Listening is for understanding, not judgement

Below is Whisper #16 from my latest book, 48 WHISPERS, which is a collection of photographs and personal meditations created across a decade of travel to the Pine Ridge Indian Reservation and the surrounding northern plains. 

As a young manager I often listened to evaluate the perspectives of others. But after living for a few years with my voice condition the purpose of listening changed for me. Listening, it turned out, was for understanding. Authentic alignment only comes from honoring the diversity of views that exist naturally within the world. Voices are unique by design.

“Whose voice was first sounded on this land? It was the voice of the red people who had but bows and arrows. What has been done in my country I did not want, did not ask for it; white people going through my country. When the white man comes in my country he leaves a trail of blood behind him. I have two mountains in that country—the Black Hills and the Bighorn Mountains. I want the Great Father to make no roads through them. I have told these things three times; now I have come here to tell them the fourth time.” —Red Cloud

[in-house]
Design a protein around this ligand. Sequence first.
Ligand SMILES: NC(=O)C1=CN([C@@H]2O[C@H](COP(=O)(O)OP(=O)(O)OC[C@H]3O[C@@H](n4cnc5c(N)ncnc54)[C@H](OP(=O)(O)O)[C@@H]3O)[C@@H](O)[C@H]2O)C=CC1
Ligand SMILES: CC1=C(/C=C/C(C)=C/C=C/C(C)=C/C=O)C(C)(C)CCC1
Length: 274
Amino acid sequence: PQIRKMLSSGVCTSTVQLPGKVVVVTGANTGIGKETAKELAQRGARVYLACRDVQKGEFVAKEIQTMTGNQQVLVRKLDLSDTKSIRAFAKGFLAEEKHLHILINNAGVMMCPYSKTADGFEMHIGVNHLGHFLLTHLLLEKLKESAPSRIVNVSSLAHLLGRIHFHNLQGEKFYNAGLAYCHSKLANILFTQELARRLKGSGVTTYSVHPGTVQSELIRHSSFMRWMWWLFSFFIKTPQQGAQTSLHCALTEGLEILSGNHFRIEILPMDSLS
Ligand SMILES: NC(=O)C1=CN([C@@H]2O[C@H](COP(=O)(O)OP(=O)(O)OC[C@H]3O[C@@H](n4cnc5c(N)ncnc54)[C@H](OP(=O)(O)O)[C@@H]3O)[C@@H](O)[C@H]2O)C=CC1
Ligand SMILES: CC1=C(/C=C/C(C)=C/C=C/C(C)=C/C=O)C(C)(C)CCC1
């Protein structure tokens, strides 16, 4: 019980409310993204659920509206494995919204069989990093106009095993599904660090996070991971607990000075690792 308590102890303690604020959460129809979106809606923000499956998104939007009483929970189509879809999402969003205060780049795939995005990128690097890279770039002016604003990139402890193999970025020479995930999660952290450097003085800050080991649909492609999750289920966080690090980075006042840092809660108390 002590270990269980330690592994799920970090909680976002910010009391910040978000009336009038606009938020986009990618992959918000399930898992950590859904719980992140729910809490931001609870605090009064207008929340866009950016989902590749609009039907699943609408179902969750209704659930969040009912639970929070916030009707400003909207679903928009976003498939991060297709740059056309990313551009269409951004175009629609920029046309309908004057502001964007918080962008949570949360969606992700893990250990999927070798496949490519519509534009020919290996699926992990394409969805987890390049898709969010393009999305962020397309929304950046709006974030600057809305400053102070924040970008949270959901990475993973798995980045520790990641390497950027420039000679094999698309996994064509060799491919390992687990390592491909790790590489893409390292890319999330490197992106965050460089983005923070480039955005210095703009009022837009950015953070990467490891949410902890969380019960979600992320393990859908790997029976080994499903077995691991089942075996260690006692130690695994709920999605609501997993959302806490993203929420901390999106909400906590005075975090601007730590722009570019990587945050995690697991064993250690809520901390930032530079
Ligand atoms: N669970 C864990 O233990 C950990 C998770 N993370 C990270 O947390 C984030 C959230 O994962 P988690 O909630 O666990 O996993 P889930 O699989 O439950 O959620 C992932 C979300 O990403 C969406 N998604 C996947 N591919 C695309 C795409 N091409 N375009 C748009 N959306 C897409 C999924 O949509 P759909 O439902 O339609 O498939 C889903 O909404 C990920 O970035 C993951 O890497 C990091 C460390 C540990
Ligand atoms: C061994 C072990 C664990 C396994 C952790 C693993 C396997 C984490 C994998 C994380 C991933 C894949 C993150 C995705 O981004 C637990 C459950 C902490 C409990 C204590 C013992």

Conflict requires judgment. When judgment is the outcome of listening, no further progress is possible. When people are judged they don’t feel heard and dialogue is rendered meaningless. When dialogue becomes meaningless, then force is often applied.

The nineteenth-century collision of America’s Western expansion and the Lakota hegemony on the northern plains might have yielded a much different set of outcomes if everyone involved had been able to listen for understanding rather than judgment. The only mind I need to open is my own.